Afterward, students can be given their photos with the correct category noted below the picture. An award ribbon can be added. Caught Doing Good Make award ribbons (that can attach to clothing with a pin) and are imprinted: "Caught Doing Good." Award these periodically to class members as the individual student's behavior warrants it. This is a great intervention for youth who are "always in trouble" and consequently feel bad about themselves.

Happy New School Year This activity works best at the start of the school year, or it also works well in January. Sometimes students feel bad about themselves because they are failing at tasks at your school or agency. Have students make "Happy New School Year" resolutions, which can be placed into balloons and released into the sky (and later recovered.) Work with each class member to develop a plan to succeed at their resolutions. You can even have a "Happy New School Year" party, which can make it harder to be so completely sour and negative about your site.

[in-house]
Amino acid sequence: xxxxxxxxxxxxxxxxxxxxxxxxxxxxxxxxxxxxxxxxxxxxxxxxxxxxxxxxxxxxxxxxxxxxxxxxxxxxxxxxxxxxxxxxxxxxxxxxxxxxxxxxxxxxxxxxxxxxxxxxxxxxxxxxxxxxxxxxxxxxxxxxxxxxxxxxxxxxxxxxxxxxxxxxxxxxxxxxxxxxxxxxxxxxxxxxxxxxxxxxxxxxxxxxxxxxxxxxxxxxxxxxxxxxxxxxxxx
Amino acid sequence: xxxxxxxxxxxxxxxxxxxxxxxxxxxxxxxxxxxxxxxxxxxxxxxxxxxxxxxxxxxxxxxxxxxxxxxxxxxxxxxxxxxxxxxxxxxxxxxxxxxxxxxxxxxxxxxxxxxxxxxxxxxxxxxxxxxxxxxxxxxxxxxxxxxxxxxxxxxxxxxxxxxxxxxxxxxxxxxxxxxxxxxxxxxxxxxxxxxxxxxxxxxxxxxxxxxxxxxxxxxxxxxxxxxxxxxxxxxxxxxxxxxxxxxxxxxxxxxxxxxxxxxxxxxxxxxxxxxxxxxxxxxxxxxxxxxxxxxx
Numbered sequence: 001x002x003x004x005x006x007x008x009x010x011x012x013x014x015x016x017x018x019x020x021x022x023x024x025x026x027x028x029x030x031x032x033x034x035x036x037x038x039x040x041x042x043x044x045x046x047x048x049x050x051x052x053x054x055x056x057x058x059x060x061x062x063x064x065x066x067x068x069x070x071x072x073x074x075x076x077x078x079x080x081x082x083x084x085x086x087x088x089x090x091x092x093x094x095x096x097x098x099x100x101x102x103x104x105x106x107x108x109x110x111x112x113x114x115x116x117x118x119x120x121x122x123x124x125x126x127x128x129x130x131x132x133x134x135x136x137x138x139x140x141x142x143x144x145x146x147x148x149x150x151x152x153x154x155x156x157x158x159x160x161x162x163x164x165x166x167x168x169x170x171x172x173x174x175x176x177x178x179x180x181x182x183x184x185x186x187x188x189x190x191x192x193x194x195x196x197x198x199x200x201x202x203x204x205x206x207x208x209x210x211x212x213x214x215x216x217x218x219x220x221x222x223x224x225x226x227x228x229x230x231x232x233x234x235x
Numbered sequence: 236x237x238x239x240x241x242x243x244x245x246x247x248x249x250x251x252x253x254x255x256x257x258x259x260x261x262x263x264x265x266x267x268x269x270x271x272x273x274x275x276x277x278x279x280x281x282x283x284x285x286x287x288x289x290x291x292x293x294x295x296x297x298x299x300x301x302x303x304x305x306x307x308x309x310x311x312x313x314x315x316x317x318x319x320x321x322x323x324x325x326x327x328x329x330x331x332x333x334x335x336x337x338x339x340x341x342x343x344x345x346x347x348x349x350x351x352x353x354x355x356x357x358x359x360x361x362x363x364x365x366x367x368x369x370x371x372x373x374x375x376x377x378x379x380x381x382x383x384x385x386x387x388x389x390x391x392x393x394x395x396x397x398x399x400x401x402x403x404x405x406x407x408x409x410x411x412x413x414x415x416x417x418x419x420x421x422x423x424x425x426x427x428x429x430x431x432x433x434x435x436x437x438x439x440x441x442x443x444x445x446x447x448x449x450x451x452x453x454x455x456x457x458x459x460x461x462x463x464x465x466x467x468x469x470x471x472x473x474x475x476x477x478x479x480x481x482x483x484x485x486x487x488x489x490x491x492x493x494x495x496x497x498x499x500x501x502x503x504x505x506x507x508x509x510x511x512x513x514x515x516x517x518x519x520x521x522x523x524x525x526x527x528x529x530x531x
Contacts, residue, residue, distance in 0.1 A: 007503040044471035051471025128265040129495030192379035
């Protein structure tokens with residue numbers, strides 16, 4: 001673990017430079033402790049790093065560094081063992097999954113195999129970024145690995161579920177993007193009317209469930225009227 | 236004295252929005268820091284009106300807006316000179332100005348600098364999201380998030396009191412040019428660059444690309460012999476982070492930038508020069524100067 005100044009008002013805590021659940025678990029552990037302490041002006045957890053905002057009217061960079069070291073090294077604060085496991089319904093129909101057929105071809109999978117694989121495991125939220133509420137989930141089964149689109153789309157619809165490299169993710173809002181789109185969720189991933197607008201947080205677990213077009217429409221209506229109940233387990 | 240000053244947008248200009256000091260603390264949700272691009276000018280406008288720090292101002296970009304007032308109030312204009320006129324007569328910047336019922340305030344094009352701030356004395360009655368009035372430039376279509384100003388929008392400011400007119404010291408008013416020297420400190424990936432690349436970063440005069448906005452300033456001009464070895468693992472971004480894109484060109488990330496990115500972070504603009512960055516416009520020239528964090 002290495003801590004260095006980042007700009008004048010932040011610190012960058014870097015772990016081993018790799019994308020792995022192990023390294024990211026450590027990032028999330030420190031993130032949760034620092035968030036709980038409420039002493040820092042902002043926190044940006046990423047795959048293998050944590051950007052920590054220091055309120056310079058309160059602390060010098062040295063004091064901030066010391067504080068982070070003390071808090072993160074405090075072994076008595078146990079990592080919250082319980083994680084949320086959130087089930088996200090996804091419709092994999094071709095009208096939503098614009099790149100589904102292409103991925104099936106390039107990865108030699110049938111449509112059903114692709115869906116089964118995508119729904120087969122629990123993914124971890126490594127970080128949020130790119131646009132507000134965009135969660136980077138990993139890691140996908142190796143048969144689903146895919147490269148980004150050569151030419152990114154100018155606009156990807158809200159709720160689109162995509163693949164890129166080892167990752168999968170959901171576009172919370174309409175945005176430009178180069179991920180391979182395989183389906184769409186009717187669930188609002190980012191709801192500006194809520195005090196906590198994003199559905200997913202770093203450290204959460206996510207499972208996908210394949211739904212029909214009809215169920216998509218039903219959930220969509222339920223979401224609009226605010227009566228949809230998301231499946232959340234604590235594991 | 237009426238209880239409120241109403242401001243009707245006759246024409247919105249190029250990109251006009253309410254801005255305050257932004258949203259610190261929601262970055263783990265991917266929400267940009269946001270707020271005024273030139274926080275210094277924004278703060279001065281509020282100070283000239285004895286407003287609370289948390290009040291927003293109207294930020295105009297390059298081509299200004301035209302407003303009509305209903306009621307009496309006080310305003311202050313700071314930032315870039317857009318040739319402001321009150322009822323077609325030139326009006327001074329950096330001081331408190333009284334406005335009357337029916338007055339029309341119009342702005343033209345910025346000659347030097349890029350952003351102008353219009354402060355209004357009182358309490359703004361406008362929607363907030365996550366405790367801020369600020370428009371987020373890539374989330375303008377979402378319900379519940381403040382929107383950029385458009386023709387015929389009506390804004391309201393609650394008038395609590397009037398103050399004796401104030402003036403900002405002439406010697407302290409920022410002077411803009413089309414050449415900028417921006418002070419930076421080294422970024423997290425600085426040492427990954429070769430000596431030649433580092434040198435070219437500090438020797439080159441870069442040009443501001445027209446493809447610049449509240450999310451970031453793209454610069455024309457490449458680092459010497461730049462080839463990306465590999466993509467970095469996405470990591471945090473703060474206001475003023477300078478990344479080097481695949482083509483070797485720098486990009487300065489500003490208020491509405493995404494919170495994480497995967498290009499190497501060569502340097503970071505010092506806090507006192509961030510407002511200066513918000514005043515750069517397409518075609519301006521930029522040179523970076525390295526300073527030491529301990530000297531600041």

Everybody Know Somebody Who Doesn't Like Them Sometimes Some students believe that everyone should like them. Especially during middle school, chances are that most students will be aware that other youngsters do not seem to like them. That can be hard on esteem. Teach students that about a third of the kids will like them, a third won't like them, a third don't care, and if you feel those numbers are similar to what you experience, you're doing just fine.

Students can make illustrations that clarify what each third looks like. Before and After Have students make "Before" and "After" pictures of themselves, similar to the ads for weight loss companies that show the person before and after they lost weight. This activity can help discouraged youngsters better imagine good outcomes. The ads can focus on any area from earning better grades, to improving hygiene to having more friends. Picture This Have students cut up magazines and affix pictures to the outside of a paper grocery bag.